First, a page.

Cat cafes are popping up all over the place these days — but how do you go about making your kitties-and-coffee venture stand out from rest of the clowder? In the case of The Catcade, which opened in Chicago in 2017, you add a bunch of vintage arcade games to the mix.
The brainchild of Shelly Casey and Christopher Gutierrez, The Catcade came to fruition after they visited other cat cafes around the country and became inspired to debut one in Chicago. Christopher says they always wanted to add a rescue element to their cat cafe and decided to target high-risk kill shelters in both Chicago and southeast Kentucky, with the goal of transporting cats facing a death row situation to the safe haven of The Catcade. As Christopher also has a side hobby rebuilding and restoring retro video game cabinets, they decided to integrate that into the design of the space. Inside The Catcade you’ll find five multi-play stations hosting throwback games like Galaga, Ms. Pac-Man and The Simpsons, video game-themed decor like a rug fashioned after an 8-bit Nintendo joypad controller, plus a few old cabinets repurposed into carpeted cat snoozing stations.
Naturally, the resident felines at The Catcade have taken to claiming the video game rigs in their own finicky fashion. “They treat them like cat trees,” Christopher says. “They climb up, in and around them. Usually, you’ll find them sitting down on the [horizontal] cocktail games because the monitors are warm, especially during the winter.”
The idea of satiating your retro gaming kicks by playing a few rounds of Defender while supported by a team of cats might sound fun and fantastical, but there’s also a serious side to The Catcade that comes from Christopher and Shelly’s decision to help felines at risk of euthanasia. This means the cats they take in often come with medical or personality issues as a result of abuse they’ve suffered in the past. When The Catcade opened with a group of 10 cats, one of them named Bruno took over four months to find his forever home due to his shyness and nervousness. But once Bruno was finally adopted, Chris says, “It’s been amazing to get updates from his adopter on how he’s blossoming and so happy.”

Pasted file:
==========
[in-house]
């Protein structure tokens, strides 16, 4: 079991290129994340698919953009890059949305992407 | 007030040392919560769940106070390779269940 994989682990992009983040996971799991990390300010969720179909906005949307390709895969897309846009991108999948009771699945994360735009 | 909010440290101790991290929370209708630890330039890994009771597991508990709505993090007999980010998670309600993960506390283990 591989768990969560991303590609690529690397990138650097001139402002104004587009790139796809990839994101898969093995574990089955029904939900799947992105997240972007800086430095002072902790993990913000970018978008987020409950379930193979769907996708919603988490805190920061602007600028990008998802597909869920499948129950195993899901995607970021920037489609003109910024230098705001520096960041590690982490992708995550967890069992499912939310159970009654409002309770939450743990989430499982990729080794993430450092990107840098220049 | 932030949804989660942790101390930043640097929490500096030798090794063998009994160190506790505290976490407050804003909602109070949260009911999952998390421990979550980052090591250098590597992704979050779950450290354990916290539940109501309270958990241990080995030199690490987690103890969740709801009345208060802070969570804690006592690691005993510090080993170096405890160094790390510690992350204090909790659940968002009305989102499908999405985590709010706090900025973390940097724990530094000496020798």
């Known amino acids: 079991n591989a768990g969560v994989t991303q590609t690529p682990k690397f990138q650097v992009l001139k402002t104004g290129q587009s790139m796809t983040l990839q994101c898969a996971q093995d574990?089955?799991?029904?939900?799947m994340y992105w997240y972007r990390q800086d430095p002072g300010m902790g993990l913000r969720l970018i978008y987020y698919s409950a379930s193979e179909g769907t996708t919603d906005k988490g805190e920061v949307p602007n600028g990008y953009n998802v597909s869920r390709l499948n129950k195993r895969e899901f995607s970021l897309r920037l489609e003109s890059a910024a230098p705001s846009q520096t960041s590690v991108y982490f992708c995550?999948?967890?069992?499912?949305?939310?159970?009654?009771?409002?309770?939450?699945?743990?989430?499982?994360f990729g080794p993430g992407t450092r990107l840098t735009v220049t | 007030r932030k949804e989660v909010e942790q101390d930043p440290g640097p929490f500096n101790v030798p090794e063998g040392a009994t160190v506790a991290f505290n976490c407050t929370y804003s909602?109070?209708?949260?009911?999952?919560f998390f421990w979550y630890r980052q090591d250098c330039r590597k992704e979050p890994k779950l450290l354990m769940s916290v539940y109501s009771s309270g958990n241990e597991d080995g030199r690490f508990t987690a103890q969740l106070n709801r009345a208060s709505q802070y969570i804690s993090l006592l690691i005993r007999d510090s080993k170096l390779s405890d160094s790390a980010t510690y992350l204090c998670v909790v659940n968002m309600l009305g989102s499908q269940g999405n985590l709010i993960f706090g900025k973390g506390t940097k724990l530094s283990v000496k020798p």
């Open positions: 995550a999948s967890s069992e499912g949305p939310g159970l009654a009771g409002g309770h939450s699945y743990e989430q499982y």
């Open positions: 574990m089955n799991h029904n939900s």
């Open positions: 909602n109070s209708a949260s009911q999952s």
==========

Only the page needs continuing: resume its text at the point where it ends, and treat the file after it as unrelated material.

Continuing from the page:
In a more heartbreaking case, a 9-year-old senior feline was discovered by animal care and control wandering the streets in an emaciated condition. He was rescued by The Catcade, but unfortunately “ended up with kidney failure from years of neglect and passed while with us.” Despite the luminous glow from the arcade game screens lighting up The Catcade, this is the darker element involved in cat rescue and rehabilitation. But as Christopher says, it’s always important to keep the faith: “We know we can’t do anything to change a cat’s history, but we can give them the best chance at a better future.” For more information, visit thecatcade.org.
Thumbnail: Photography by: ©Mandy Dempsey Photography
About the author:
Phillip Mlynar spends his days writing about cats, hip-hop and food, often while being pestered by his rescue, a mackerel tabby named Mimosa. His work appears in Vice, Pitchfork, Red Bull, Bandcamp, VinePair and Catster. He’s won various awards at the Cat Writers’ Association Communication Contests, some of which are proudly on display at his local dive bar in New York City.
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